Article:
In the little East Perth cottage relative calm reigned for twelve months but then in April 1907 the four youngest children Olive, Annie, George and Arthur aged between five and fourteen were struck down with diphtheria during a city epidemic. The demands on Rendell of nursing four children were exacerbated by the terrible rasping sounds as her patients struggled to breathe but the life threatening danger was the poison that could spread fatal toxicity from the diphtheria throat membrane throughout the body. The family doctor James Cuthbert who gave damning evidence against Rendell at her trial visited regularly and commended Rendell for her devotion in nursing the children to recovery at the expense of her own health. Sickness seemed to have taken a hold on the family and soon nine-year-old Annie was back in bed with convulsions, vomiting and diarrhoea for which the doctor administered the diphtheria anti-toxin and prescribed tinctures of laudanum to ease her pain. She died in a delirium in July, the cause of death given by Cuthbert as epilepsy and cardiac weakness. Then in August just when life seemed to be returning to normal Olive, George and Arthur were diagnosed with typhoid. This time Olive did not recover and suffering from vomiting, diarrhoea and an undiagnosed membranous condition of the throat she died in October according to her death certificate from haemorrhage and typhoid. Once again the local Methodist church members joined in mourning the family’s loss. What was happening in this household? Hadn’t mothers been promised an end to the anguish of childhood deaths?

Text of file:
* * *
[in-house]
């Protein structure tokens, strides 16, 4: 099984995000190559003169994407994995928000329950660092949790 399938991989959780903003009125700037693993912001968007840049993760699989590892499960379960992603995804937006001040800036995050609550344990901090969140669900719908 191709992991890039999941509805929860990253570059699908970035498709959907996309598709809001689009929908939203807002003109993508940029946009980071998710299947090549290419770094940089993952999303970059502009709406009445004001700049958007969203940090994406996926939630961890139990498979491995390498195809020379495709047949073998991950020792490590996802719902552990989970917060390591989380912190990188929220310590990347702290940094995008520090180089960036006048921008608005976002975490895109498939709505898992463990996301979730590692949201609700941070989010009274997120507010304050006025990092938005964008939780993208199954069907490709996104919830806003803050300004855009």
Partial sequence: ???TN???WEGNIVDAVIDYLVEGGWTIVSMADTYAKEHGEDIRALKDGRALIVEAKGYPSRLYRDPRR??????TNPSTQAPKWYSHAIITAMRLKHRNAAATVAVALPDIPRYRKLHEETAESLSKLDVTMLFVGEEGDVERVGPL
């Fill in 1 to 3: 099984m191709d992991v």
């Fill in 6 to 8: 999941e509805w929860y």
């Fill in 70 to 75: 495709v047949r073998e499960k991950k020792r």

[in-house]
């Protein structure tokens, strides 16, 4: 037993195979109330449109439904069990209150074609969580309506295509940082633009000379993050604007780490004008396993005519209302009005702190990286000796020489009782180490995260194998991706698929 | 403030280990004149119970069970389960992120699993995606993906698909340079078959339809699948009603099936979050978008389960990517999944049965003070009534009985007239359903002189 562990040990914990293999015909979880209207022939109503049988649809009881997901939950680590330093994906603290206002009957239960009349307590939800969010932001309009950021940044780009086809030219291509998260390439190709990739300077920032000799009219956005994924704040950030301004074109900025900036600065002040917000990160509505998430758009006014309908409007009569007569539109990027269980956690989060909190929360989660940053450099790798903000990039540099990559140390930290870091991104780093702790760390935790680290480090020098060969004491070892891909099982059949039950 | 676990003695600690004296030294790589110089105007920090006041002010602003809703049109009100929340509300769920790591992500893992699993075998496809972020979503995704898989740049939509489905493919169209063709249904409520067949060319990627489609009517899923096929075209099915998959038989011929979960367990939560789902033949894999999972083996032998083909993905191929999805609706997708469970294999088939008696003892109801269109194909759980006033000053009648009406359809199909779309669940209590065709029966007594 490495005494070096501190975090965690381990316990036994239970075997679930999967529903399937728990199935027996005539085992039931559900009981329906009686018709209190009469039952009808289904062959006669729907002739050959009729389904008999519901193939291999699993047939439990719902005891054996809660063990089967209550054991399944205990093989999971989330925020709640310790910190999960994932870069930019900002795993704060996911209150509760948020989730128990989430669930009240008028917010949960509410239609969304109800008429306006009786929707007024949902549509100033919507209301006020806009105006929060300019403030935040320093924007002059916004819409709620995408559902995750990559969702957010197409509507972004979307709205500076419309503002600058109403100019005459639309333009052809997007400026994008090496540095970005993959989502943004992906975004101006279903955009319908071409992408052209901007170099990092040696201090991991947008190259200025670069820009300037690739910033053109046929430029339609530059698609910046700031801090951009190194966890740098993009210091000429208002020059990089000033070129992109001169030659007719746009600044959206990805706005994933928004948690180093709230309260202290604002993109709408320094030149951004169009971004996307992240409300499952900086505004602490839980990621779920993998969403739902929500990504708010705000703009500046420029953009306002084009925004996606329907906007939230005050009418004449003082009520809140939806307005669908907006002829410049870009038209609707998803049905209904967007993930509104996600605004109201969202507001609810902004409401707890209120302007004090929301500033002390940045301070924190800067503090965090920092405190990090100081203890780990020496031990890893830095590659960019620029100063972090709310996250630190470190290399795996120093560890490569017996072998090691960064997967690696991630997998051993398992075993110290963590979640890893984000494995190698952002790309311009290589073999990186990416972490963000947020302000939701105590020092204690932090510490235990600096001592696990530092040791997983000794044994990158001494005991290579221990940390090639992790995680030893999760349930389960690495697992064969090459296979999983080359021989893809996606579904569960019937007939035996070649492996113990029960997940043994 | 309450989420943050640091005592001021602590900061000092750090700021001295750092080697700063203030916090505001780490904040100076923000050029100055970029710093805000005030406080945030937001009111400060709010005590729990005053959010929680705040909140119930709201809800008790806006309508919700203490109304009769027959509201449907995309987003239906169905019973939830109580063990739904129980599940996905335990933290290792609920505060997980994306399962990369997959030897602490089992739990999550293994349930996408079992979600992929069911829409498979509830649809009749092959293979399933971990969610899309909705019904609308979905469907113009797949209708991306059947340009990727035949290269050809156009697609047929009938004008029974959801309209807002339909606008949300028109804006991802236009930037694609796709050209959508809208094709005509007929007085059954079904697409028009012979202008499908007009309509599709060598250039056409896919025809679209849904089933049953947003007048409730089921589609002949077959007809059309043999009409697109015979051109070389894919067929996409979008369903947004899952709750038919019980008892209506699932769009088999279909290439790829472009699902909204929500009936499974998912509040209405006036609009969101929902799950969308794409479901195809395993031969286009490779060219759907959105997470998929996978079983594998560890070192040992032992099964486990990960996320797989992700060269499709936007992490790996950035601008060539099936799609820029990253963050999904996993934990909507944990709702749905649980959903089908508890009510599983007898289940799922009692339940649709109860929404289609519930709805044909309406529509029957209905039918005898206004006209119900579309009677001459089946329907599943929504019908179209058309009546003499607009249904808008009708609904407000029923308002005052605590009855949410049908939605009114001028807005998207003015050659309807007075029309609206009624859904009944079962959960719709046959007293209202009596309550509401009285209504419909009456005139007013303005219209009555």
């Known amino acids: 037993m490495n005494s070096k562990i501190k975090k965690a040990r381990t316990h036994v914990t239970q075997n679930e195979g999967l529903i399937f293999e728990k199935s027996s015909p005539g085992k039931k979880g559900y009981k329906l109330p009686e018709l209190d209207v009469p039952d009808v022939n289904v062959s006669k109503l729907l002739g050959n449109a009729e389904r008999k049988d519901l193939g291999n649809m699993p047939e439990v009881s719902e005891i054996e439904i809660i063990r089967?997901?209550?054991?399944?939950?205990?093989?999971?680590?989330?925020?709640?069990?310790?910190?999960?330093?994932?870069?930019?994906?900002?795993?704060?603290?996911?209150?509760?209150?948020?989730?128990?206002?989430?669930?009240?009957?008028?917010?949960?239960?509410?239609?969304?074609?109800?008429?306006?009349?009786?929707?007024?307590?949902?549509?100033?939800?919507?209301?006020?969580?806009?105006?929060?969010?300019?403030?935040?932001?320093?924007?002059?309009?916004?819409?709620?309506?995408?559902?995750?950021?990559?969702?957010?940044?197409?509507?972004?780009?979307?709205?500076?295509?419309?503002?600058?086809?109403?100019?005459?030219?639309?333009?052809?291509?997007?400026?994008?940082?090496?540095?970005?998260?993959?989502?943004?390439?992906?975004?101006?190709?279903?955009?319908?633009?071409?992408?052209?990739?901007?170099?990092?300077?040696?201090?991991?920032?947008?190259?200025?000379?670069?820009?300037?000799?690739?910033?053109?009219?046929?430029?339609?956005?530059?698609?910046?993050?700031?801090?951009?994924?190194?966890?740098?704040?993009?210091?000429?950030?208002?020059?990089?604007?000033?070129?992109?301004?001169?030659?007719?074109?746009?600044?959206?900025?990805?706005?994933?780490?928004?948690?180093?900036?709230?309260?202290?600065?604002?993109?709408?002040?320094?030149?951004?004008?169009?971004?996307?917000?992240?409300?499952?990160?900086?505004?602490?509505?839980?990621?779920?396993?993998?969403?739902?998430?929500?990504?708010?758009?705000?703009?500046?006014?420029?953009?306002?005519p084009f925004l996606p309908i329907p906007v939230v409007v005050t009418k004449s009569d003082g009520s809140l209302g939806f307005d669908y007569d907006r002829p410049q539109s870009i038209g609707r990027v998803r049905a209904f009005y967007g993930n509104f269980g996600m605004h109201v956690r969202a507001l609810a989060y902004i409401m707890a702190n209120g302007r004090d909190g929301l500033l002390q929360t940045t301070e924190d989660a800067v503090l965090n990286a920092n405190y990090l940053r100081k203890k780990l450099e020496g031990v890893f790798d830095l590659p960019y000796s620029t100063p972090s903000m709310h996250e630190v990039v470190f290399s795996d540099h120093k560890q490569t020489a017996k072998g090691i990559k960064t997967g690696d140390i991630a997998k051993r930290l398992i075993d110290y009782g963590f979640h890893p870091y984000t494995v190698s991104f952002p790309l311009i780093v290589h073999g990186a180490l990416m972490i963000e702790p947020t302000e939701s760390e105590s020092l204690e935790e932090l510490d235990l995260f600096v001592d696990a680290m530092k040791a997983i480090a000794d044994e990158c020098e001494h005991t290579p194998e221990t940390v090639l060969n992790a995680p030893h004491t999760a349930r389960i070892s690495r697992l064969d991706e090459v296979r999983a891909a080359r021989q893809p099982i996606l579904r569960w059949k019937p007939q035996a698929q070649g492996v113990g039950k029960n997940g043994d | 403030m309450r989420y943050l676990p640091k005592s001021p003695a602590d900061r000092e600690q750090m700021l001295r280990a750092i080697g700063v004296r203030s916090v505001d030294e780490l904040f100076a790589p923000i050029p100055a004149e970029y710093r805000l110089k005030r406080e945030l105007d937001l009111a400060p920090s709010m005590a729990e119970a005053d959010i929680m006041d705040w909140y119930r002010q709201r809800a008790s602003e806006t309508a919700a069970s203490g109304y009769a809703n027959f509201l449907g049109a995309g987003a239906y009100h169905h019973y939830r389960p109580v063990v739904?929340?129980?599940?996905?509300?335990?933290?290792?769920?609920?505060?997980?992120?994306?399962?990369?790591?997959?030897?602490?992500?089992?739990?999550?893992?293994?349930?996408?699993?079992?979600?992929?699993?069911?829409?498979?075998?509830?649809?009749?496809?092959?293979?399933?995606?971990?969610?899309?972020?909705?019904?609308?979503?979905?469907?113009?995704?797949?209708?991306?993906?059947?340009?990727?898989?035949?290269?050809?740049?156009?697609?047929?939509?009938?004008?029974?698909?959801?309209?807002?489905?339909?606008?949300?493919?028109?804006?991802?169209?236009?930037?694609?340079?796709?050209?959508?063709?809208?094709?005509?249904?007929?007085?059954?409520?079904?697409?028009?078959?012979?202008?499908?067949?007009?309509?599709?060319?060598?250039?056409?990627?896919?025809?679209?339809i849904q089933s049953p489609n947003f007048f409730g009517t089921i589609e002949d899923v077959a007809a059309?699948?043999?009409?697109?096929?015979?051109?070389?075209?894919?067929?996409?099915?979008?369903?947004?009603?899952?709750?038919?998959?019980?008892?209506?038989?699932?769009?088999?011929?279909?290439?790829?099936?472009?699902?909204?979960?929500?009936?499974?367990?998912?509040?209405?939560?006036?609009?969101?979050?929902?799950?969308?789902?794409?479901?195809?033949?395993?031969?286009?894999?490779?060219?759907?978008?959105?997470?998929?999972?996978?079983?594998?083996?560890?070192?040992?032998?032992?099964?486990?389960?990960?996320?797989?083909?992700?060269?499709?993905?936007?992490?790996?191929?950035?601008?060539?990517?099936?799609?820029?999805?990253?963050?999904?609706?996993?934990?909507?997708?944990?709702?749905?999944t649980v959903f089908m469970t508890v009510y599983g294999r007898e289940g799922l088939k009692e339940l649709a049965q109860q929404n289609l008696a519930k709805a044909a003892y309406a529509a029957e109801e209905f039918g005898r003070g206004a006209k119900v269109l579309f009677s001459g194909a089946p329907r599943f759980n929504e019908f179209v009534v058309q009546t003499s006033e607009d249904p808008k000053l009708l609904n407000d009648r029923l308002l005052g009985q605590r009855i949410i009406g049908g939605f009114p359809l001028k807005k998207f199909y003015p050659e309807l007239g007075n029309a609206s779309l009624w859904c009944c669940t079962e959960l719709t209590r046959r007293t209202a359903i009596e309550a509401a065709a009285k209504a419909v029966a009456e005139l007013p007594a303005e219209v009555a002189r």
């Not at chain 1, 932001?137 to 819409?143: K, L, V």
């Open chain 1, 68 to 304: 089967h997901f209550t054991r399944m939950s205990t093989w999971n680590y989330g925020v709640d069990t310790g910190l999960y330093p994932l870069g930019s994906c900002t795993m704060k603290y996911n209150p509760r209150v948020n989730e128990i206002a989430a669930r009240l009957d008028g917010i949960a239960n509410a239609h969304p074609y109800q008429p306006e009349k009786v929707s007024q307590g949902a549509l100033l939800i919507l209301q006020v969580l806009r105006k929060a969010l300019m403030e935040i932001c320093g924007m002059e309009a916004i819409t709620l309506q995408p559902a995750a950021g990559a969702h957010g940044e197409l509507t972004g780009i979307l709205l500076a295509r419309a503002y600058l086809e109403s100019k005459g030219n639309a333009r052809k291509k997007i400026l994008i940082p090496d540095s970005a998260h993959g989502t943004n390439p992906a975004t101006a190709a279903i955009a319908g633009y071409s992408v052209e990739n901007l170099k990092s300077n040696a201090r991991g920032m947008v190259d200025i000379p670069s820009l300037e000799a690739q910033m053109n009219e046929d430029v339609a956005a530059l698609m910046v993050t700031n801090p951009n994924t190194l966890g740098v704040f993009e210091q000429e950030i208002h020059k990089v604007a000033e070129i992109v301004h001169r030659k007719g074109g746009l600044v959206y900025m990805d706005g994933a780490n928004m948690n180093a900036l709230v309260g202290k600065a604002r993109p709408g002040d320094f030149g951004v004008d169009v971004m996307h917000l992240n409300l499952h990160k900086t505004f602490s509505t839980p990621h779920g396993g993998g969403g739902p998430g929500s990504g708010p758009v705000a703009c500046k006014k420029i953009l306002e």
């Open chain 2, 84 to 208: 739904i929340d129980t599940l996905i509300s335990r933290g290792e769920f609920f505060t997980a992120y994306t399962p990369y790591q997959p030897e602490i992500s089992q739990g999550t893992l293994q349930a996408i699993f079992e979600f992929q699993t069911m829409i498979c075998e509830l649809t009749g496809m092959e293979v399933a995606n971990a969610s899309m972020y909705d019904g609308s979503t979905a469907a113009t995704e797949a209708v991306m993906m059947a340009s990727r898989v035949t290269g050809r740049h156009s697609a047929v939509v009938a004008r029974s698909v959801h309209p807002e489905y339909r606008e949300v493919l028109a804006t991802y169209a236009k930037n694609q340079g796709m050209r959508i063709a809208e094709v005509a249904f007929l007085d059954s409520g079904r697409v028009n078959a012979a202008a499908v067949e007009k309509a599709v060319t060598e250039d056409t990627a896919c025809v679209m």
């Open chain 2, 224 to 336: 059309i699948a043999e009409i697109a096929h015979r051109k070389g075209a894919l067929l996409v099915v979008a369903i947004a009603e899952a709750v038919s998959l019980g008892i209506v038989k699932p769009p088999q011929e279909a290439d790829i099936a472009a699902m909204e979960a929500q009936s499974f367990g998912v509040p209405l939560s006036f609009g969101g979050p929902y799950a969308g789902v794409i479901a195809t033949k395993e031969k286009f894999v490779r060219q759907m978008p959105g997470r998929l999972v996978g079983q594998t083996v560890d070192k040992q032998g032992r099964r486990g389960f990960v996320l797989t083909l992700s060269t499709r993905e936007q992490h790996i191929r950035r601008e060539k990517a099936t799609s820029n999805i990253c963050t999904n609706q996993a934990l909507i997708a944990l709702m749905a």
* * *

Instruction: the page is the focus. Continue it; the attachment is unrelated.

These tragic events were played out against the backdrop of shocking disclosures of infant deaths in the Mitchell baby farming case that galvanised Perth in early 1907 and shone a glaring spotlight on issues of surrogate child care and immorality.[9] Baby farming provided a service for working single mothers and deserted wives forced to leave babies and small children in care while they earned money to survive. Stories were rife of neglectful conditions, cruelty and abuse in these premises. Reports alleged that 37 children had died at the Perth home run by Mrs Alice Mitchell, despite the requirement for inspections by the Board of Health and the fact of regular visits by local doctors who regularly signed death certificates but raised no concerns with the Board. Presiding Justice Macmillan exonerated of any blame a doctor who recklessly signed numerous death certificates, a portent for the judge’s favourable treatment of medical witnesses at the Rendell trial. Charged with the wilful murder of one infant, Mrs Mitchell was saved from the noose by contradictory evidence, most of it circumstantial, and the court’s inability to rule that she had deliberately caused the infant’s wasting condition. The jury returned a verdict of wilful neglect causing death of an infant and Mrs Mitchell was sentenced to five years hard labour in the Women’s Division of Fremantle Prison and she was still there when Rendell arrived in 1909 to wait out her final days.

Mention of illegitimate children in the Mitchell case inevitably drew attention to issues of immorality in Perth. Women bore the brunt of the blame. Condemnation and surveillance of reproductive controls through contraception and abortion escalated. Even women’s reading choices were attacked. In 1907 the West Australian newspaper alleged that popular romantic novels were corrupting women’s morals: once represented as ‘most fragrant influences in life’ women were now represented as ‘the very opposite’.[10] Calls by women’s organisations like the WCTU for men to curb their lusts and act more responsibly did have some influence. In 1907 a Christian men’s meeting at His Majesty’s Theatre exhorted all men to sexual purity to serve the nation’s great destiny; its gravest peril was immorality. It was beholden on men to ‘keep the nation pure with their prayers, work and common sense’ and by censuring ‘filthy literature’, dominating public opinion by voting virtuous men into government and keeping themselves pure through male friendship and company in men’s religious groups. The church was ‘calling her sons to stand by and fight the battle now’. [11]